A few months ago, Dominic Cronin got this wild idea to have a bookmarklet competition with Tridion. The rules were very simple: Make a bookmarklet that does something with the GUI in Tridion. Share it.
I was talking to a colleague recently about the release of McSandy, and he mentioned that he had a project coming up that would require manipulation of HTML5’s LocalStorage API. I pointed him to a small gist that I’d put up on Github. And then I thought, “hey, maybe I should mention this to other folks, too.”
After I announced that McSandy was in beta mode, I created a Reddit post for McSandy, and asked for feedback. What I noticed is that a lot of folks don’t really get why I made McSandy — because there’s tons of other options out there. So I’m going to show you why, with a few lovely animated gifs.
About two and a half years ago, I lived in Colorado, and had to fly out to Columbus Ohio pretty regularly. On one such flight, I wanted to test out some CSS and HTML. But I didn’t have any Wifi on the plane. When you don’t have internet, and you want to do a quick code-and-preview, it can be annoying when you have to fire up a local server and set up your files. I figured that there should be a code editor that could work regardless of whether you had an internet connection.
So I made one. Read More
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If you know Grunt.js
, this post is for you. Grunt is a super awesome node.js-based task runner. It makes development easier, your productivity faster, and your attractiveness… attractiver.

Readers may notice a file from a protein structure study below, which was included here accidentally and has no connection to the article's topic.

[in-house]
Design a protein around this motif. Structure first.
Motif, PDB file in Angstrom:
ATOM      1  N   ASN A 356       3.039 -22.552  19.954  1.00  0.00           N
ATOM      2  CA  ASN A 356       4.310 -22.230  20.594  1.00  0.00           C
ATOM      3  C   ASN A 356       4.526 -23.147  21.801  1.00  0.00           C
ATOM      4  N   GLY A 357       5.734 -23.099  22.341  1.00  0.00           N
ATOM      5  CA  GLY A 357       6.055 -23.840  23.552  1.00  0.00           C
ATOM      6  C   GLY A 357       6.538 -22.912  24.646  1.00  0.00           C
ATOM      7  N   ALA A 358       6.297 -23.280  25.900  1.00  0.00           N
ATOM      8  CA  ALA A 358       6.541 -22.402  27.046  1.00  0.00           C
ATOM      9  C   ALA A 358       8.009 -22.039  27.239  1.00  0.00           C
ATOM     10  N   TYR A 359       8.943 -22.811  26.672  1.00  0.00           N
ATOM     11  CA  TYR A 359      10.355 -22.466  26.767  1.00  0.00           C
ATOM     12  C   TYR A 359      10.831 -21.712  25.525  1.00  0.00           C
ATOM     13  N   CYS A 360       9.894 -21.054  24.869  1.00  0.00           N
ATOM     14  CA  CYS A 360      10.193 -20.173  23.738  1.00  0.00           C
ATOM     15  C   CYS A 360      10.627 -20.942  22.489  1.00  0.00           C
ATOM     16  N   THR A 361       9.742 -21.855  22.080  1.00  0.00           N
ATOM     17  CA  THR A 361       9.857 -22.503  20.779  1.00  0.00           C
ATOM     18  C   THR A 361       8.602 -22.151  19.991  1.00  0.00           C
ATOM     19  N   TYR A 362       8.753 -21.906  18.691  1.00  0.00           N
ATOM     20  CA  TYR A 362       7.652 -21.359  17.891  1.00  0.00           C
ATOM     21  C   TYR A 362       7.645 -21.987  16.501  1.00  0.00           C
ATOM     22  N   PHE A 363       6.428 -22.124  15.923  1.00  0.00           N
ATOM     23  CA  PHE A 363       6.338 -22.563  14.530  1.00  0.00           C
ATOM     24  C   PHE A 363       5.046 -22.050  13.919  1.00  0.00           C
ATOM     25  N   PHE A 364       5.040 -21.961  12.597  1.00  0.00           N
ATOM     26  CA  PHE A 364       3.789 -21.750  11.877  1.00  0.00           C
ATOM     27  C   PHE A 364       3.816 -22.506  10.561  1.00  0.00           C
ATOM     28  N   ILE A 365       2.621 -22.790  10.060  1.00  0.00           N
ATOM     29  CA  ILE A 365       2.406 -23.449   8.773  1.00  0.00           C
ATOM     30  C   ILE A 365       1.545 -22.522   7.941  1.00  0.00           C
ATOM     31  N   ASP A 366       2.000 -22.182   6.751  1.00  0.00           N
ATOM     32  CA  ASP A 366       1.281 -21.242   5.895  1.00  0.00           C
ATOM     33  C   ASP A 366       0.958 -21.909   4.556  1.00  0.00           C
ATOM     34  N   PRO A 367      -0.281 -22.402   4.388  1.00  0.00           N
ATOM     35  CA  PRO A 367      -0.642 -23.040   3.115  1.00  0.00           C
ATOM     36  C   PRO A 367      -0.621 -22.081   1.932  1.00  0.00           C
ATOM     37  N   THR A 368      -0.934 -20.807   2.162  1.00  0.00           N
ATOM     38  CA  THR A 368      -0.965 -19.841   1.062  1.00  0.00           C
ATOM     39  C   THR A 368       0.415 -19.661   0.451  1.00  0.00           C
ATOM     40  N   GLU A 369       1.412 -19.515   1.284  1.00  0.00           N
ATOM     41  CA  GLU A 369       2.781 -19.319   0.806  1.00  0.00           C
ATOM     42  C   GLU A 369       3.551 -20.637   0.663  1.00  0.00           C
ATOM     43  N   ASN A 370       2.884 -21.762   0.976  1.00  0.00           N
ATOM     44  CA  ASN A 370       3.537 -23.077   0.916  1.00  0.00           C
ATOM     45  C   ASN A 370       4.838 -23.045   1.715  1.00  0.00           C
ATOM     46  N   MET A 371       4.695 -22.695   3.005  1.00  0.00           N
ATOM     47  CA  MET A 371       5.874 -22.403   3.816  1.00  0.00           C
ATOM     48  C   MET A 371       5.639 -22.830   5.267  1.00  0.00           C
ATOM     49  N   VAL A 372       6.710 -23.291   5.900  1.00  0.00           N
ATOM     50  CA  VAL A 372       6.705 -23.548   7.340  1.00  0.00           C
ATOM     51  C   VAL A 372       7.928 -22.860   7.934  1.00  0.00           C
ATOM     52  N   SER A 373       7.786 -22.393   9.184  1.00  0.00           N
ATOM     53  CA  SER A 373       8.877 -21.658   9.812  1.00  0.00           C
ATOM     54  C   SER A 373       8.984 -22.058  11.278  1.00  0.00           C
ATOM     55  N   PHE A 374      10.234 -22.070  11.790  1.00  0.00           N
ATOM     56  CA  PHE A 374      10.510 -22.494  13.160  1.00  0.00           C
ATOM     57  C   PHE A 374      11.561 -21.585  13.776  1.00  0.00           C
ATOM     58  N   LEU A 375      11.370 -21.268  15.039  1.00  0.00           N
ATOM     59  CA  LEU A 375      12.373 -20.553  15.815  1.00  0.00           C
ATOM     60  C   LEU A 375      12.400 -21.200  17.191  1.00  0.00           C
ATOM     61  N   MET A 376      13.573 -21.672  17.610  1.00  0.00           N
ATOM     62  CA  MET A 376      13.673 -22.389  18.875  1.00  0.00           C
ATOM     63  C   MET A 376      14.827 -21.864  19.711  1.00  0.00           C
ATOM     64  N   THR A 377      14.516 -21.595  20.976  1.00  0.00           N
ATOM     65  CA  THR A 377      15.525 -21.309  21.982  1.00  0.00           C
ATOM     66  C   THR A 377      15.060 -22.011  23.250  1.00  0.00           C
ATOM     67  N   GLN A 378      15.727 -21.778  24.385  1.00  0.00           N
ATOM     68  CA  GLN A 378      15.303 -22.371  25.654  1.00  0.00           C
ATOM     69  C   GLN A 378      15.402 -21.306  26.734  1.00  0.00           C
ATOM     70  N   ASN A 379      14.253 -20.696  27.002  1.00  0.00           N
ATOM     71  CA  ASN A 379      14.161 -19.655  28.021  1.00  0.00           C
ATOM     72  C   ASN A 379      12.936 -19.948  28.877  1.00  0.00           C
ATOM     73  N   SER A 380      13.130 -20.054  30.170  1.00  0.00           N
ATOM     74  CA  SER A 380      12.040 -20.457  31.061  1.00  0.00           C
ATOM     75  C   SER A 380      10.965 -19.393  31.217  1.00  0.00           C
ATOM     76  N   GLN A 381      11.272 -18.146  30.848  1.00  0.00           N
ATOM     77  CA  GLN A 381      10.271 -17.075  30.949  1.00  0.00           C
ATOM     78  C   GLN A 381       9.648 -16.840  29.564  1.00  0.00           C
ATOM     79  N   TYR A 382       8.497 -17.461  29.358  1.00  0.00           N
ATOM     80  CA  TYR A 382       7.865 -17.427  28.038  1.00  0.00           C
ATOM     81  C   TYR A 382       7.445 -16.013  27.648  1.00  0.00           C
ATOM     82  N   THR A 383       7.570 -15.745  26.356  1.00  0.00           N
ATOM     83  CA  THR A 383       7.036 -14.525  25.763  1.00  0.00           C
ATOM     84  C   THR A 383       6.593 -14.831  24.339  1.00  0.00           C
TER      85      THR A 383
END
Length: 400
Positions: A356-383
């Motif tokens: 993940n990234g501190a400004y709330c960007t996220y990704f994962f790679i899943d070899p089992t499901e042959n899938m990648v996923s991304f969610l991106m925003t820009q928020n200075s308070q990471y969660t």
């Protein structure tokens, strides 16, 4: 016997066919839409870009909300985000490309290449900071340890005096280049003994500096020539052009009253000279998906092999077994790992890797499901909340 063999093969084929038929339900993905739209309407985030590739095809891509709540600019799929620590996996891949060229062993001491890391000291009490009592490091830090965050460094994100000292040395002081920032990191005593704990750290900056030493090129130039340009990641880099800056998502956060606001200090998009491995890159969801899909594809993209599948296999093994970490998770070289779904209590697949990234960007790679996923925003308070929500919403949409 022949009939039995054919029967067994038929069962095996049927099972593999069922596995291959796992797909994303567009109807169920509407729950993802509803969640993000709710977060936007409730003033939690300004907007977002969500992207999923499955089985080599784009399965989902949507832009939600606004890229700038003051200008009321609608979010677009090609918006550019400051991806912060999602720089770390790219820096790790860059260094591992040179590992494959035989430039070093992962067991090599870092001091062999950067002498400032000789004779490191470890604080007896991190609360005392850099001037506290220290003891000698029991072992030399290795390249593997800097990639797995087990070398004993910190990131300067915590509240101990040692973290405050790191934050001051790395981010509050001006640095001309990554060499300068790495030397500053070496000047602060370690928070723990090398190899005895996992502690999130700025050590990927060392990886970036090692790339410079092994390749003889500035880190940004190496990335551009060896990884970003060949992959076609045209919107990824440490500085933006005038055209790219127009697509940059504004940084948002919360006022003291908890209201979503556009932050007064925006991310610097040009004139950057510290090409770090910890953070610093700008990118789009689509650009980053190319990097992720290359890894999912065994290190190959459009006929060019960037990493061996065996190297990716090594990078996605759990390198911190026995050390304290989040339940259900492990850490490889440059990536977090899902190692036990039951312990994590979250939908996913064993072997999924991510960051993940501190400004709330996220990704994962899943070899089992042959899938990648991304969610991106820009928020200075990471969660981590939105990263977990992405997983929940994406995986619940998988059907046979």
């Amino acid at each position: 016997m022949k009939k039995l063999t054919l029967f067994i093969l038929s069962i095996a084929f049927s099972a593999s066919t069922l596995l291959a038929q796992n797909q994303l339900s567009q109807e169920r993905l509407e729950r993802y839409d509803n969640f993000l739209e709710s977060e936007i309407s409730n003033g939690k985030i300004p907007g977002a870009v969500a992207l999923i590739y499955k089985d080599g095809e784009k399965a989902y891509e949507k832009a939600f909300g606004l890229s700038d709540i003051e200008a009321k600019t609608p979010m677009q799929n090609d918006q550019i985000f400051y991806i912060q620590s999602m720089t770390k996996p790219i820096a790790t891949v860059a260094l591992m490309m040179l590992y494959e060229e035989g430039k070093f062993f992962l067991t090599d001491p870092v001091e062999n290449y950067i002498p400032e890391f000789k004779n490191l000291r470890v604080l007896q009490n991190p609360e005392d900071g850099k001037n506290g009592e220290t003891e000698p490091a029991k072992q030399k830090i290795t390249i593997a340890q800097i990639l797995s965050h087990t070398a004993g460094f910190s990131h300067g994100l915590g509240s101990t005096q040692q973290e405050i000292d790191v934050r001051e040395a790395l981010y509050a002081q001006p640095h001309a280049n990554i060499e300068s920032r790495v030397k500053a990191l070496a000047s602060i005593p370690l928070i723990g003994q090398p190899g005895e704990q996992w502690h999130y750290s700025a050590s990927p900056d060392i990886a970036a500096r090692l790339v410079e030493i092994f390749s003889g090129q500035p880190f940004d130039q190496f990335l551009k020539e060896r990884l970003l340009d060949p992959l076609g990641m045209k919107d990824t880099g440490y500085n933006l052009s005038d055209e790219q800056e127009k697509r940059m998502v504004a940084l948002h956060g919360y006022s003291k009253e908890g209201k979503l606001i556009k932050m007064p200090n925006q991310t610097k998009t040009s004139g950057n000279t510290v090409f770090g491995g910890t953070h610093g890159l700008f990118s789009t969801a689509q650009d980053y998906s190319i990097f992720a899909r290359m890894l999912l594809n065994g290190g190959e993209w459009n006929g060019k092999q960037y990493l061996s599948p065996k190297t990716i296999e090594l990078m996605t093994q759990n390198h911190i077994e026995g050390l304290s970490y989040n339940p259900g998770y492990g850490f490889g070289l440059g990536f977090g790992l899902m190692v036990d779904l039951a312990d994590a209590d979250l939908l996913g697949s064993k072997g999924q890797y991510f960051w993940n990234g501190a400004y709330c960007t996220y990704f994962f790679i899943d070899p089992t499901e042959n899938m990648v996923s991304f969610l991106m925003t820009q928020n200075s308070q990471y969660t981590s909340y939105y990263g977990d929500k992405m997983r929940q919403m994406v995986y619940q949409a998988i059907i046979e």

Oh, but it does…
I had a discussion recently about whether to put CSS into Tridion as multimedia components or code components, and it triggered a really fun discussion. We talked about all of our different strategies and use-cases for managing the CSS in SDL Tridion, and it seems like something that other folks may ask about in the future. So what I’d like to do here is summarize my thoughts and experiences on front-end architecture, and what implementation options you have in Tridion.
As I’ve mentioned previously, I recently left Tahzoo and started working at a new company called Content Bloom. Last week was Content Bloom’s global training summit, held in Halifax, Nova Scotia, Canada (if that’s a real place). Everyone at the company presented on a topic; it’s a chance for us to all teach each other. I was nominated to speak on Front-end, but with only a 30-minute window, I had to be very focused on what I was going to teach on. Very focused. So I picked only two topics— and I only went over by an hour.
So, my good buddy Wes has fallen in love with BEM, that glorious HTML/CSS methodology that adds reinforced steel to your front-end framework. And he discovered the other day that someone has written a SASS mixin for writing BEM. But…but…I’m more of a Stylus fanboy. Where’s my mixin? Oh, here it is…
In the last few months I’ve become a pretty big fan of a particular CSS preprocessor called Stylus. Stylus is a node.js-powered preprocessor that I’ve used with some clients. Stylus has offered a huge boost in both my productivity and quality— and I’ve conjectured that it even gives me an edge performance. After seeing huge gains, I’ve wondered if existing websites can get a benefit from a CSS-to-Stylus conversion. Clients don’t ask for one, and it’s probably because no one has every done a CSS-rewrite and actually measured the gains. Well, guess what? I did a Stylus conversion on my blog, to find out if I could find any gains…
Last week I was hit with a small challenge of fixing a snippet of code that fixed a problem with a third party application called Media Manager. It does some pretty nifty things with videos — but it also injects a
<style> into the
<body>. Because it does that, I had a challenge in changing the dimensions of a video on the client-side. I first worked up a fix over there. Then I worked up a fix for the fix here. It involved a lot of attribute selector shenaniganery and ultimately, revelations about
!important —including ways to avoid it at all costs.